I am on the road at the moment, taking a trip for work and writing this post on my phone. So, please forgive the occasional spelling mistake. I am in the coastal city of Samcheok, in Korea, across from their actual wish gate.
Jack had passed the Wish Gate earlier in the day. It was the sappy sort of tourist trap he usually avoided. Couples were lined up, waiting their turn to go stand under the arch, make a wish, and ring the bell. A photographer was making a killing selling portraits to the masses of young lovers. Jack stayed on the bus and got off instead at the beach.
Now, however, as he walked back to his hotel from the beach late at night, the gate had taken on a whole new aspect. He walked over to it, now standing alone and empty, abandoned by the lovers and profiteers. A sign to the left instructed him to step up, make a wish, and ring the bell. “What’s your biggest wish?” the sign inquired.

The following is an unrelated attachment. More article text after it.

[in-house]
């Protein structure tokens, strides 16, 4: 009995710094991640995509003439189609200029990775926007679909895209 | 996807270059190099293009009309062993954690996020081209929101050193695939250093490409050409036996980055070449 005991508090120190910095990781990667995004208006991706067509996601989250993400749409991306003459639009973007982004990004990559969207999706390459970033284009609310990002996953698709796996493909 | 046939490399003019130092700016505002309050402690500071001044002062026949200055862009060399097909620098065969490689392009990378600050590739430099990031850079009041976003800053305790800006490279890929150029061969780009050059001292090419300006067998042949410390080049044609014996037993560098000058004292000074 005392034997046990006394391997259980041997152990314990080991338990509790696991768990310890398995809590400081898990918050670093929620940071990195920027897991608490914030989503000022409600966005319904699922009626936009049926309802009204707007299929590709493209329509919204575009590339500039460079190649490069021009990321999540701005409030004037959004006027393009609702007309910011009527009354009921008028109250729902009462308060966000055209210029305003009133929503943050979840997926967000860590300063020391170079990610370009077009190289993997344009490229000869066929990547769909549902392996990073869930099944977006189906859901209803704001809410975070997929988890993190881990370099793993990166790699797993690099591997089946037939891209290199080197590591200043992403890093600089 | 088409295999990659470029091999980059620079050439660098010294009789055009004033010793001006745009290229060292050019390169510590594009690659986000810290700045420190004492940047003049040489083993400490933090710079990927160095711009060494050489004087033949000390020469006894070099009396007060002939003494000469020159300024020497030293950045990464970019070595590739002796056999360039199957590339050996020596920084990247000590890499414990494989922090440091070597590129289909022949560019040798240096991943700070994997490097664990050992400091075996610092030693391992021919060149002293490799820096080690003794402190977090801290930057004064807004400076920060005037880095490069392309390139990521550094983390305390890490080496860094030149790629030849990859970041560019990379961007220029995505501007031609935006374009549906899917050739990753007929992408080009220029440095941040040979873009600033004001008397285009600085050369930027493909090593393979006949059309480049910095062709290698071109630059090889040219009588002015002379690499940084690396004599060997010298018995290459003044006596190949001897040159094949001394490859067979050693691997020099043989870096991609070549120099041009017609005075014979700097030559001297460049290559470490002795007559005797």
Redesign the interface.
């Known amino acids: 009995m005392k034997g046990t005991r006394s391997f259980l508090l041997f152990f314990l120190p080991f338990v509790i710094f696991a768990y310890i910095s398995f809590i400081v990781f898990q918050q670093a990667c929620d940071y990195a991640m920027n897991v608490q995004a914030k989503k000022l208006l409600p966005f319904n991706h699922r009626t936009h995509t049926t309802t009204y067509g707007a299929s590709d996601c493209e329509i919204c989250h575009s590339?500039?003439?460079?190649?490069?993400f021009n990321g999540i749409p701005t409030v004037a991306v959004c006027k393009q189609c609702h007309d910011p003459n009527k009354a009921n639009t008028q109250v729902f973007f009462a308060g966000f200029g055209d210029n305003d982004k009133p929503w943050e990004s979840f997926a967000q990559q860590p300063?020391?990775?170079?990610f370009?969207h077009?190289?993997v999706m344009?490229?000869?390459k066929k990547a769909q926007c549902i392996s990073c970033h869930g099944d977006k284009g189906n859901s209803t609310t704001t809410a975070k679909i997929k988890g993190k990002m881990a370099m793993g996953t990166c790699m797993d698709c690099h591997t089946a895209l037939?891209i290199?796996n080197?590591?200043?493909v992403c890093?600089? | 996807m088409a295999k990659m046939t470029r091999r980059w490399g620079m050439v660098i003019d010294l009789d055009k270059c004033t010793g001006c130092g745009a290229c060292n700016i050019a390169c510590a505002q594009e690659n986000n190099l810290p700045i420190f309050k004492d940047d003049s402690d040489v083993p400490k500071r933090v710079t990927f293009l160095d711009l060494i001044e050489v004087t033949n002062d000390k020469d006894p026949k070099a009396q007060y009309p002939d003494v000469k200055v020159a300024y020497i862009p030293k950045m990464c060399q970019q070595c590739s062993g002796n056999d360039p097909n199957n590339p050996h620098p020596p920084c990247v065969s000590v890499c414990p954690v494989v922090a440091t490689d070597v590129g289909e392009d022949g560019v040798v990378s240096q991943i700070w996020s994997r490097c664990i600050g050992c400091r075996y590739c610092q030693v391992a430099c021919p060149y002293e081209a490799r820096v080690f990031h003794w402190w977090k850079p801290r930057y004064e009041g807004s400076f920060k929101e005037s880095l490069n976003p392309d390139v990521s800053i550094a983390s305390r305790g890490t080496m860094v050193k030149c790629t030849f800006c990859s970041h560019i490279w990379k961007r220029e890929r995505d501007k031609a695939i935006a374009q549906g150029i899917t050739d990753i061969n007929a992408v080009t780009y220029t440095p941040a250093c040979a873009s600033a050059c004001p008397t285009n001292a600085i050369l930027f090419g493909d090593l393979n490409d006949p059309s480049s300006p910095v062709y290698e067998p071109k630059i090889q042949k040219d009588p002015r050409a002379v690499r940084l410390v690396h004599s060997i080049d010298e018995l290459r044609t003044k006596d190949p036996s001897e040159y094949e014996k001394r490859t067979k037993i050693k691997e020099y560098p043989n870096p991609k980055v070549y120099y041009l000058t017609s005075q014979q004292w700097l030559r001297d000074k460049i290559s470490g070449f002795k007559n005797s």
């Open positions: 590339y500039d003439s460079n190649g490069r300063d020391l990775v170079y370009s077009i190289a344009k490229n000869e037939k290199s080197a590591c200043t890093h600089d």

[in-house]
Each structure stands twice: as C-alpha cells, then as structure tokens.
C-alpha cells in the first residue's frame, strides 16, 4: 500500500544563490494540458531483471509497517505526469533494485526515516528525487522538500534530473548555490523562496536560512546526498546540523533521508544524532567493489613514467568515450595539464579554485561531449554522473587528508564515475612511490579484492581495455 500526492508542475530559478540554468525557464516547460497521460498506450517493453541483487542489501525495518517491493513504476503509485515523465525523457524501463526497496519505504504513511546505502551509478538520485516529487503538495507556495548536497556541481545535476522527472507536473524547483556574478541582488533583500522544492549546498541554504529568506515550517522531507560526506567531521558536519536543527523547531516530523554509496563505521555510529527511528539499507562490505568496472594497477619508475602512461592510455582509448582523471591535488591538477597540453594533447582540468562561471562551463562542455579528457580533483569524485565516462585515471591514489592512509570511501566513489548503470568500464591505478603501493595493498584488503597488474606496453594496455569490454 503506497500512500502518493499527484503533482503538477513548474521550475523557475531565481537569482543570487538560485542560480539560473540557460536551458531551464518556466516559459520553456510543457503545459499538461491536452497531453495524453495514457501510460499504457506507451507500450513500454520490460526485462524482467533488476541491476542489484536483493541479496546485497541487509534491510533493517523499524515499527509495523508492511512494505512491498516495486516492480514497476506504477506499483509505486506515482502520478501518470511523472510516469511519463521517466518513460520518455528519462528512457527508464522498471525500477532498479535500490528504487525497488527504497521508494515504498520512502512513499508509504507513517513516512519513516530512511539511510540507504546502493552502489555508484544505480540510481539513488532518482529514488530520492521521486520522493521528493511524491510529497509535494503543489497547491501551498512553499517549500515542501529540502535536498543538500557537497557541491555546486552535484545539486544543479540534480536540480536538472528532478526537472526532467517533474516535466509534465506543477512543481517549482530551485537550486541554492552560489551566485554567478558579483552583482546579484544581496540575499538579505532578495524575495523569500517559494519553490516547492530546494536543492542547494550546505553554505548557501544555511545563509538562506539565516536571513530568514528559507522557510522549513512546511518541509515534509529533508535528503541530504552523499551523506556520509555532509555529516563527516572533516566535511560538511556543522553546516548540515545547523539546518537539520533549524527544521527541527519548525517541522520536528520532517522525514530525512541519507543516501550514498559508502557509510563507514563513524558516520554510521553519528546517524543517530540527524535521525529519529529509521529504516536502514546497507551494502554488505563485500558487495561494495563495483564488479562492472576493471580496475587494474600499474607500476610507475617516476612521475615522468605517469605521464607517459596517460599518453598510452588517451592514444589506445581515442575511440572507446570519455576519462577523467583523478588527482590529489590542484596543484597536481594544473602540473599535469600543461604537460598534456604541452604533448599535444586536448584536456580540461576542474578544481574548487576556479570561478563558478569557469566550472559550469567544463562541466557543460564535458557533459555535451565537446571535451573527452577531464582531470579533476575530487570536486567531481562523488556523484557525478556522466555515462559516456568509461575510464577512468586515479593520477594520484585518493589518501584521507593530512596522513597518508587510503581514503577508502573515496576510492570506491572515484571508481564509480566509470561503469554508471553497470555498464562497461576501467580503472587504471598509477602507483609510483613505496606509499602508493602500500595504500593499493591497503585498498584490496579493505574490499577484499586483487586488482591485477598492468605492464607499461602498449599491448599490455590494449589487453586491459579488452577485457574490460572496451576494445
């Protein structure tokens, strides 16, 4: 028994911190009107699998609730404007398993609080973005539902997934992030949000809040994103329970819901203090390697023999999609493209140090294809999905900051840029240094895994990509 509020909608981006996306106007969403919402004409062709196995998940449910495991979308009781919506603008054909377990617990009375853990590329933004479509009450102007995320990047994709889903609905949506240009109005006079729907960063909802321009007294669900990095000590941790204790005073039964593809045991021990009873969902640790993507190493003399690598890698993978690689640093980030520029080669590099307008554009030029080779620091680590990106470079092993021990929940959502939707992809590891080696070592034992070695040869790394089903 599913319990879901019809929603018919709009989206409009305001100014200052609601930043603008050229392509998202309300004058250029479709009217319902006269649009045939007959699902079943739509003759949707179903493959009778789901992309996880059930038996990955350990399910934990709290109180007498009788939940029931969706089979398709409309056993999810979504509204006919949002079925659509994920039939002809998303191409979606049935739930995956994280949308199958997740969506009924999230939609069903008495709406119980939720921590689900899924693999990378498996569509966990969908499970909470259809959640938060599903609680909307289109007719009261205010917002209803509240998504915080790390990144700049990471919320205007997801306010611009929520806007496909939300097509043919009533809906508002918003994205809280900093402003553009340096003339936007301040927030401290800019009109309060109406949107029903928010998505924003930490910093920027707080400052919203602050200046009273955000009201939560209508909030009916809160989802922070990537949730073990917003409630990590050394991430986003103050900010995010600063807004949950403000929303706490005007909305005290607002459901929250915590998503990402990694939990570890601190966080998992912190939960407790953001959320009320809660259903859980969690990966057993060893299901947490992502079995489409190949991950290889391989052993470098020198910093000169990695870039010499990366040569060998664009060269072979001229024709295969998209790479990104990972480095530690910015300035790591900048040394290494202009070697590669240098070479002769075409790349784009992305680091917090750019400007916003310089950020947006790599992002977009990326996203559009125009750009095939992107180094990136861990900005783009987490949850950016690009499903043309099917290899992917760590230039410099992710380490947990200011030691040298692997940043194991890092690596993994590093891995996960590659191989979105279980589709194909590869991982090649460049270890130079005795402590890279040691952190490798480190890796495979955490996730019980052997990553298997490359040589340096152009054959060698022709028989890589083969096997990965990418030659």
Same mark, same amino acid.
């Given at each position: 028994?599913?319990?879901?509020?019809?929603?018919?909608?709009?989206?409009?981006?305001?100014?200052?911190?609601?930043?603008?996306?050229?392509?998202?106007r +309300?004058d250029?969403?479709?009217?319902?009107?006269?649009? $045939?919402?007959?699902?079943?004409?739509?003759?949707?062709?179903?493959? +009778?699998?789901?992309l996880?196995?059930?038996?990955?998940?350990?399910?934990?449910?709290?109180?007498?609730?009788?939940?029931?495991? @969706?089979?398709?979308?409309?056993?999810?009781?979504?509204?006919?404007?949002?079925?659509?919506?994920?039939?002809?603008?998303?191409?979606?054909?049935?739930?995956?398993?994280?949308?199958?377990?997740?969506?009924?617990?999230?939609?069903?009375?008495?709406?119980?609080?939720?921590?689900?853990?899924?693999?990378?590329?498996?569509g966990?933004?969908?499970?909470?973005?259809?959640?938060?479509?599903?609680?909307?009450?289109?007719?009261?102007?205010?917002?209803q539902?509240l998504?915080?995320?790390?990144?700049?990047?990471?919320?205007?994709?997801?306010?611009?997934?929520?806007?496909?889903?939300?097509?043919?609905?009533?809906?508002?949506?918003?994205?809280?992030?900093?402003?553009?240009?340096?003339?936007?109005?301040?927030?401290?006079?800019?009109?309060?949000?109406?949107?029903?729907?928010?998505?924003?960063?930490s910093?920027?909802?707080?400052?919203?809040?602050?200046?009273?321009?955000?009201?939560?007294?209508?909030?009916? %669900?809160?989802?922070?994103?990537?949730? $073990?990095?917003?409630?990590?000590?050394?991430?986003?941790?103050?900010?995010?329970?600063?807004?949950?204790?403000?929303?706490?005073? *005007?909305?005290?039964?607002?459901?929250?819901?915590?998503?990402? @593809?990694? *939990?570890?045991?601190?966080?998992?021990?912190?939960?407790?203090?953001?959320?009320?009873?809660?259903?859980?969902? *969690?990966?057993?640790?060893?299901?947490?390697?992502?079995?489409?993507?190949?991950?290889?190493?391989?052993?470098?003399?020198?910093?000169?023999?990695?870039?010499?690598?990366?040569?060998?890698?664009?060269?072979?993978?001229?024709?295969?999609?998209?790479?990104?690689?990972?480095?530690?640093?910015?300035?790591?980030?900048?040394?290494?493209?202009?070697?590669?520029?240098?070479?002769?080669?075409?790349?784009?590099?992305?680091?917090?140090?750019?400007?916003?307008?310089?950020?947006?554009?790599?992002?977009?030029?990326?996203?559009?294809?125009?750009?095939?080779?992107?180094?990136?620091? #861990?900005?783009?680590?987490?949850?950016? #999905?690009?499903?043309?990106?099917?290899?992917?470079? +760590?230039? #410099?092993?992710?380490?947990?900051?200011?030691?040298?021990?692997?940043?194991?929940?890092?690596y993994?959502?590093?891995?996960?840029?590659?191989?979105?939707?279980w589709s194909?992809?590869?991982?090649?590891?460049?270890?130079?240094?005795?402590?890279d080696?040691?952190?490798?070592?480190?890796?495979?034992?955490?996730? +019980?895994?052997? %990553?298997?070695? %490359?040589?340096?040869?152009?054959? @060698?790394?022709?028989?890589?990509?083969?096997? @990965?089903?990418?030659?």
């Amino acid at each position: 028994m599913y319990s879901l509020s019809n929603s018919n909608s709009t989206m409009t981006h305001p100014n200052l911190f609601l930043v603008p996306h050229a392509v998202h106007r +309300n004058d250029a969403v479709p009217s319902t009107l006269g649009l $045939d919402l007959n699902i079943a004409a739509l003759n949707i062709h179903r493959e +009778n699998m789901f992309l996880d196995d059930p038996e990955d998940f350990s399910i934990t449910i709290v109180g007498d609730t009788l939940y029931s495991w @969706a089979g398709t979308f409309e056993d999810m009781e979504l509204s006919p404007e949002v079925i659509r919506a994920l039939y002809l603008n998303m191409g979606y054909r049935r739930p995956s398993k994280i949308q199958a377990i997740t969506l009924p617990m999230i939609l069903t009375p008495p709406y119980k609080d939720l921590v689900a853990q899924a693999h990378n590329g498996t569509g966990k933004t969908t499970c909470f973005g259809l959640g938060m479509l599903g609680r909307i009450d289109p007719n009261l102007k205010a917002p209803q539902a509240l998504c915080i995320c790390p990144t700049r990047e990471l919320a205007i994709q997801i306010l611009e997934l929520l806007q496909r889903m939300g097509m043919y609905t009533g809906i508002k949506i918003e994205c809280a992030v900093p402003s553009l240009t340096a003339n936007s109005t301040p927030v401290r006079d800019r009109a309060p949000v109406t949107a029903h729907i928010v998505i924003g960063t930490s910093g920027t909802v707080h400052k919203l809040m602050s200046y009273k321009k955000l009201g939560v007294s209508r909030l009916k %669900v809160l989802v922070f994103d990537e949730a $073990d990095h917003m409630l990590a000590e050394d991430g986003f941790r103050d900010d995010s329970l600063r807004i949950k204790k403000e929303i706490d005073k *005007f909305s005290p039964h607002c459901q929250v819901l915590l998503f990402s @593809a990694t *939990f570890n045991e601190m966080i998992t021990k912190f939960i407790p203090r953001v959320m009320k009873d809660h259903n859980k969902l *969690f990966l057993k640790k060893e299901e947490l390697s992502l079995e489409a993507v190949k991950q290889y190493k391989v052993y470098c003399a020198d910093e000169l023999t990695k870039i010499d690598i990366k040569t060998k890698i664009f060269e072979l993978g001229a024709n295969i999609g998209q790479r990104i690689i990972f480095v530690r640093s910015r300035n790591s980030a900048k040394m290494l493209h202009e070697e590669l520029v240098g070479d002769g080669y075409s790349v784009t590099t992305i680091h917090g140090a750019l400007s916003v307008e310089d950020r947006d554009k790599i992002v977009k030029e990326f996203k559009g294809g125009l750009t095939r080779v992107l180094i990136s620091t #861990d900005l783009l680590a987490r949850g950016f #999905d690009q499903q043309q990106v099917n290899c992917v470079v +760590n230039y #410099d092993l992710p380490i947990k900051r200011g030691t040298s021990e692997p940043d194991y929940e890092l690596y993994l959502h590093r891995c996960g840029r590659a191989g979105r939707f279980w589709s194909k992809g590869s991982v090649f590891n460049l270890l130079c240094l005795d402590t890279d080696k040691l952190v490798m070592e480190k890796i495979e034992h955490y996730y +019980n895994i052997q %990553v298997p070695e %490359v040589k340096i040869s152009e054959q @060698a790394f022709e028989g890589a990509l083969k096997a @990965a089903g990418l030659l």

But Jack didn’t have a wish, not a big one, at least. He thought of the people who had been there during the day: those who wanted love and those who wanted money. He did not have much of either, but somehow to Jack they both seemed trite. Money flowed in and out; as permanent as the sea-soaked sands on the beach. Love–at least the infatuated, ephemeral kind the couples he had seen represented to him–was no comfort to him either. What else was there in life to dream of: fame, power, happiness?
The moon rose above the ocean and broke through the clouds right in the middle of the Wish Gate. To Jack, it had never looked so achingly beautiful. He suddenly had an urge to go there. Not the actual moon–that was more dead and barren than life on Earth–but the thing that the moon and all the unknown longing in his heart represented. He longed for that one Real Thing amid all the emptiness of life, as lovely and seemingly unattainable as the moon in its field of infinite nothing.
Jack stepped under the arch. “I wish to find a wish,” he said, and rang the bell.